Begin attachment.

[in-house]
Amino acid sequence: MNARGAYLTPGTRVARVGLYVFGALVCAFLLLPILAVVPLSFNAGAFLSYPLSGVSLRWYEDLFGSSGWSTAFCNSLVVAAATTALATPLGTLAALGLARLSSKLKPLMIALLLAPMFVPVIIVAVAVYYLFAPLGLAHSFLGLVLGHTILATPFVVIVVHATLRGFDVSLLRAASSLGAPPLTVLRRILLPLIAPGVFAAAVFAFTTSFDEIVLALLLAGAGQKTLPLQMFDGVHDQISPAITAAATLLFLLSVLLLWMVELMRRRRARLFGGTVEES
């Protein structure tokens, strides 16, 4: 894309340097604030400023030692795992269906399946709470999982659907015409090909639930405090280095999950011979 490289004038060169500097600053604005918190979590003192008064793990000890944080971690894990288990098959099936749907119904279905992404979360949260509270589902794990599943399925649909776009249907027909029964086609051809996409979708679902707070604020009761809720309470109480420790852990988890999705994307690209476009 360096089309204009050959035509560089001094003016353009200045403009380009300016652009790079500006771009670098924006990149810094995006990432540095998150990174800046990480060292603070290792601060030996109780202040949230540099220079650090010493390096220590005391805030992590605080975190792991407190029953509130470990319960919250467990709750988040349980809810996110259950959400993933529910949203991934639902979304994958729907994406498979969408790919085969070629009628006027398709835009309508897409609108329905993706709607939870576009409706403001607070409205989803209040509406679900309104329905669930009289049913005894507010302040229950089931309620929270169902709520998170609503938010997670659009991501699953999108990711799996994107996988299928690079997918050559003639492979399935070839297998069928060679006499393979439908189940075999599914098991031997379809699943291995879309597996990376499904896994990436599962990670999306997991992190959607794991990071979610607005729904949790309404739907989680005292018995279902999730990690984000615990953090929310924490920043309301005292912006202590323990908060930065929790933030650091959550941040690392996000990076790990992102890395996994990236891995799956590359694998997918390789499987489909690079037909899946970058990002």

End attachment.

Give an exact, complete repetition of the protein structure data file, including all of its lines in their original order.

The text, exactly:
[in-house]
Amino acid sequence: MNARGAYLTPGTRVARVGLYVFGALVCAFLLLPILAVVPLSFNAGAFLSYPLSGVSLRWYEDLFGSSGWSTAFCNSLVVAAATTALATPLGTLAALGLARLSSKLKPLMIALLLAPMFVPVIIVAVAVYYLFAPLGLAHSFLGLVLGHTILATPFVVIVVHATLRGFDVSLLRAASSLGAPPLTVLRRILLPLIAPGVFAAAVFAFTTSFDEIVLALLLAGAGQKTLPLQMFDGVHDQISPAITAAATLLFLLSVLLLWMVELMRRRRARLFGGTVEES
């Protein structure tokens, strides 16, 4: 894309340097604030400023030692795992269906399946709470999982659907015409090909639930405090280095999950011979 490289004038060169500097600053604005918190979590003192008064793990000890944080971690894990288990098959099936749907119904279905992404979360949260509270589902794990599943399925649909776009249907027909029964086609051809996409979708679902707070604020009761809720309470109480420790852990988890999705994307690209476009 360096089309204009050959035509560089001094003016353009200045403009380009300016652009790079500006771009670098924006990149810094995006990432540095998150990174800046990480060292603070290792601060030996109780202040949230540099220079650090010493390096220590005391805030992590605080975190792991407190029953509130470990319960919250467990709750988040349980809810996110259950959400993933529910949203991934639902979304994958729907994406498979969408790919085969070629009628006027398709835009309508897409609108329905993706709607939870576009409706403001607070409205989803209040509406679900309104329905669930009289049913005894507010302040229950089931309620929270169902709520998170609503938010997670659009991501699953999108990711799996994107996988299928690079997918050559003639492979399935070839297998069928060679006499393979439908189940075999599914098991031997379809699943291995879309597996990376499904896994990436599962990670999306997991992190959607794991990071979610607005729904949790309404739907989680005292018995279902999730990690984000615990953090929310924490920043309301005292912006202590323990908060930065929790933030650091959550941040690392996000990076790990992102890395996994990236891995799956590359694998997918390789499987489909690079037909899946970058990002």